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Saturday, January 16, 2016

Manufacturing Sector Failure Partly Due to Cabotage - Dr Jeffrey

KOTA KINABALU - “The Sabah government ought to take a serious look into the cause of the “failure” of the State’s manufacturing sector and its low GDP contribution rather than putting the blame on others.  If they do investigate, it would not be surprising that one of the contributing factors would be the National Cabotage Policy (NCP)” said Datuk Dr. Jeffrey Kitingan, STAR Sabah Chief and Bingkor Assemblyman in response to the media report by the Minister of Industrial Development who had weighed in on the cabotage issue.

The Federation of Sabah Industries and its past president, Datuk Seri Wong Ken Thau, have done their homework and had voiced their opinions and suggestions on the abolishment of the NCP so that the manufacturing and industrial sectors in Sabah are not stifled from further growth.  They have also given other suggestions to boost the manufacturing and industrial sectors which include establishment of Kota Kinabalu as the regional shipping hub.

“If the Minister care to check, almost all the cooking oil on the shelves of supermarkets, mini-markets and provision shops in Sabah are manufactured in Malaya”.

“Why is this so when Sabah is the world’s 3rd biggest crude palm oil producer producing some 35% of Malaysia’s output with vast tracts of oil palm plantations spread throughout Sabah?” asked Dr. Jeffrey.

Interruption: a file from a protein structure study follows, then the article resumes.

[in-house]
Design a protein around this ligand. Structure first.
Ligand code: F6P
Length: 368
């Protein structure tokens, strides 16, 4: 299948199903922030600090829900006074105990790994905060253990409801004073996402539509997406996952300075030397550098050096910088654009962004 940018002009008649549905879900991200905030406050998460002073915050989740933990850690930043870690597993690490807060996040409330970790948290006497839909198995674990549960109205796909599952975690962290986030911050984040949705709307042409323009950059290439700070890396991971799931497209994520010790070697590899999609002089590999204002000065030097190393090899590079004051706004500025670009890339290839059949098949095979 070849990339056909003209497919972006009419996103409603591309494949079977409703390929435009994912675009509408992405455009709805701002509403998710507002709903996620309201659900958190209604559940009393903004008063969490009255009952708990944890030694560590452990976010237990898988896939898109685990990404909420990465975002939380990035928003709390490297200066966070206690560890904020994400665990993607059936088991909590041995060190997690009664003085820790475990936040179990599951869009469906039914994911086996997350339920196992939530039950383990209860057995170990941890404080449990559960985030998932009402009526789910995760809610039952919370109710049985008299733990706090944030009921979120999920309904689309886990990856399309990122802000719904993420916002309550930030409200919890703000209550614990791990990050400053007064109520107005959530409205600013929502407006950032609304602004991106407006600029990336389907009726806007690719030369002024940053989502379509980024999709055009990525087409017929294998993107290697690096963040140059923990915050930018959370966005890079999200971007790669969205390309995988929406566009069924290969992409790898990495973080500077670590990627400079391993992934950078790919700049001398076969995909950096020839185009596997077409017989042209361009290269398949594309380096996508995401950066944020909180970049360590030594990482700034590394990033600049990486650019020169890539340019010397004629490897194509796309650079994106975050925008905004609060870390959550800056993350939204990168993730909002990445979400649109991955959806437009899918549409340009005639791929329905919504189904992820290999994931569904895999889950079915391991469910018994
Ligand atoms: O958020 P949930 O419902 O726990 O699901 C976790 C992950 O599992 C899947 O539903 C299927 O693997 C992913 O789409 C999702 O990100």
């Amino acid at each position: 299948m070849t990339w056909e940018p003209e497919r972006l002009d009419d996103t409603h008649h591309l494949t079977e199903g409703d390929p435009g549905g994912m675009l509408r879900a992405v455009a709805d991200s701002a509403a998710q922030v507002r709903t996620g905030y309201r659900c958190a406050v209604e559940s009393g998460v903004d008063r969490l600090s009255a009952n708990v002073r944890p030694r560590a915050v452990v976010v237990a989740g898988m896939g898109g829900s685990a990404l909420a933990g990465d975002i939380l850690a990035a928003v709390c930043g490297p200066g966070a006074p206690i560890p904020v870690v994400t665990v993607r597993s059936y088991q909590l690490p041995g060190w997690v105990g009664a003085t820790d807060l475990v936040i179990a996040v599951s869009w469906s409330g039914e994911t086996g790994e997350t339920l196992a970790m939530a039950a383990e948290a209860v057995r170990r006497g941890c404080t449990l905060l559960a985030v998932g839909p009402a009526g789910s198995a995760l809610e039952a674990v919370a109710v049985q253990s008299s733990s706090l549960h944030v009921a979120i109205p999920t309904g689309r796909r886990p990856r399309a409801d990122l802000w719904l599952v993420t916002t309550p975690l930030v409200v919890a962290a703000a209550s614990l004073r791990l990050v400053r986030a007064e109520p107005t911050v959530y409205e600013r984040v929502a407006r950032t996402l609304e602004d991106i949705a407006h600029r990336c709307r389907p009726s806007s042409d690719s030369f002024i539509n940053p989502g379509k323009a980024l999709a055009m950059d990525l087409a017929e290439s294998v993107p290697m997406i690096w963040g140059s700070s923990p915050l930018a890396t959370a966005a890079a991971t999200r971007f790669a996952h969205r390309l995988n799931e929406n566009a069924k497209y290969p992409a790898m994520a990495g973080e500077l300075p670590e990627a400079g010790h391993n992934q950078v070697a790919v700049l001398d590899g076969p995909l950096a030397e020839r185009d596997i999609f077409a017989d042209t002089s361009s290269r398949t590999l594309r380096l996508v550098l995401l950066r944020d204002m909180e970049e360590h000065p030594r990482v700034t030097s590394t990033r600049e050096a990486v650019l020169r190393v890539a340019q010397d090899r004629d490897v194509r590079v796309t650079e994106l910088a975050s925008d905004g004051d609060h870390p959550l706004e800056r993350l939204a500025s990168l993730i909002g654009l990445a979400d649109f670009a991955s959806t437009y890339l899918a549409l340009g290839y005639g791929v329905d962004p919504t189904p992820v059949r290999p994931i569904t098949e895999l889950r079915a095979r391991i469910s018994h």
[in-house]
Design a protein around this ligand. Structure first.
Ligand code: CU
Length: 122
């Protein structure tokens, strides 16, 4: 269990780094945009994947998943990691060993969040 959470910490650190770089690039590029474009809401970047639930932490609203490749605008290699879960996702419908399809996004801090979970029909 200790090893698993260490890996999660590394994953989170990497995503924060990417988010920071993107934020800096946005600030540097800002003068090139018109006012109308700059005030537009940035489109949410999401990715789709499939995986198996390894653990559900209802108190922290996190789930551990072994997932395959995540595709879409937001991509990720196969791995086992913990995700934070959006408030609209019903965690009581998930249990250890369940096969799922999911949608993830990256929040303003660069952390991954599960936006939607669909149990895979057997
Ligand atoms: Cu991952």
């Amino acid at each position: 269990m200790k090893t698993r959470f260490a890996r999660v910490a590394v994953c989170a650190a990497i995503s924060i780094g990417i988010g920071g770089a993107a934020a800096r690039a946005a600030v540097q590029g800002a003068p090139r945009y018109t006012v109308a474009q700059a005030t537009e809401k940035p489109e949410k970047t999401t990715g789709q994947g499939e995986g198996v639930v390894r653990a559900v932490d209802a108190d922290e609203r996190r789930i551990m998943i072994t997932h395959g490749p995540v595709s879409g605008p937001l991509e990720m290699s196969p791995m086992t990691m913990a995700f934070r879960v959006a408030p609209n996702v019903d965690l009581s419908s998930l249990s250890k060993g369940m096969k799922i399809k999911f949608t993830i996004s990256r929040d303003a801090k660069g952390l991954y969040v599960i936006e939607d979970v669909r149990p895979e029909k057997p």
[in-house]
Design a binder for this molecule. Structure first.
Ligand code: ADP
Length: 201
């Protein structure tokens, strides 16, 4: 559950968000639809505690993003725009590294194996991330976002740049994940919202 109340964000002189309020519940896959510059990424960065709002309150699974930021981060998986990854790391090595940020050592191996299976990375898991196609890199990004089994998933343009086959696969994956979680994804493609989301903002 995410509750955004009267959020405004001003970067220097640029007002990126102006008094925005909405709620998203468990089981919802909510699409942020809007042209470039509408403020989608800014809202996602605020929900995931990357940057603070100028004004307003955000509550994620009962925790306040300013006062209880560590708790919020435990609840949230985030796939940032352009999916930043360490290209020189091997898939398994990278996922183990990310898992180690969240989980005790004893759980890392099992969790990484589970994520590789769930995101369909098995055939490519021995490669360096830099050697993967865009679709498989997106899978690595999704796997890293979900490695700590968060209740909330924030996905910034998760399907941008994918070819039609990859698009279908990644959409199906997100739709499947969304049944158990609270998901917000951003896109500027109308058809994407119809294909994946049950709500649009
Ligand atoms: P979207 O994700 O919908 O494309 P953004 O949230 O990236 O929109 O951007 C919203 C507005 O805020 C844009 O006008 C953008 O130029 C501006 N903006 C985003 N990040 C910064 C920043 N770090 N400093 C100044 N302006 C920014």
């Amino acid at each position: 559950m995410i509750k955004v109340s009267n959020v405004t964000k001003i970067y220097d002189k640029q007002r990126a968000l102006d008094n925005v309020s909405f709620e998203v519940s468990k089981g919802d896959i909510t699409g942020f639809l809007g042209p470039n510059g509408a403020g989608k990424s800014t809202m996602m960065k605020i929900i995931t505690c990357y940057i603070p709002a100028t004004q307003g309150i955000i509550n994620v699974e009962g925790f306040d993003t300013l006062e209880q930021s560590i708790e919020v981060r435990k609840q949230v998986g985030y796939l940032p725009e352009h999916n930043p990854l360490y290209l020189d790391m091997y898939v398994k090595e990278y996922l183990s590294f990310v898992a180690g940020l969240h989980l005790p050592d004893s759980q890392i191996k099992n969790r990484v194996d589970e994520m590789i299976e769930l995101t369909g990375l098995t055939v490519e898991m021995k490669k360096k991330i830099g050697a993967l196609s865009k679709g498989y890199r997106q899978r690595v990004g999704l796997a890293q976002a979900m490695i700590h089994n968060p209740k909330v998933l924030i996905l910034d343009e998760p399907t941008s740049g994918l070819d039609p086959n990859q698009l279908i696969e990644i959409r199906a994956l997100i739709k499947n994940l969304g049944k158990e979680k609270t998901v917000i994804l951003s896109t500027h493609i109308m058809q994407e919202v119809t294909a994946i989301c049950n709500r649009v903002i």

There was an instance of one of the world’s largest factories who wanted to consider setting up a factory in Sabah but eventually was put off by the additional shipping costs, both in bringing some raw material components as well as export of the final products via Port Klang.

There is no dispute to investors and manufacturers alike that the cabotage policy for Sabah and Sarawak need to be abolished.   It may not solve all the problems but at least it is a start which will also reduce some of the unnecessary transhipment costs via Malaya which have contributed to higher costs of goods in Sabah.

It has to be reiterated that if the federal government wish that the cabotage policy be continued, then it should adopt the 1-Country 2-System form of administration and maintain the cabotage policy for the ports in Malaya and exclude the ports in Sabah and Sarawak.

As rightly pointed out by FSI, the removal of the cabotage policy could also lead to Sabah and Kota Kinabalu or Sepanggar Port being developed into the regional hub of the Far East.  Sadly to say, neither the federal government nor the Sabah government has done anything concrete to turn Kota Kinabalu into the regional hub.

Perhaps, the Minister of Industrial Development could get cracking and initiate moves for the regional hub to be turned into a reality in 2016 and in turn see that the manufacturing and industrial sectors grow and be an engine of growth for Sabah and Sabahans.

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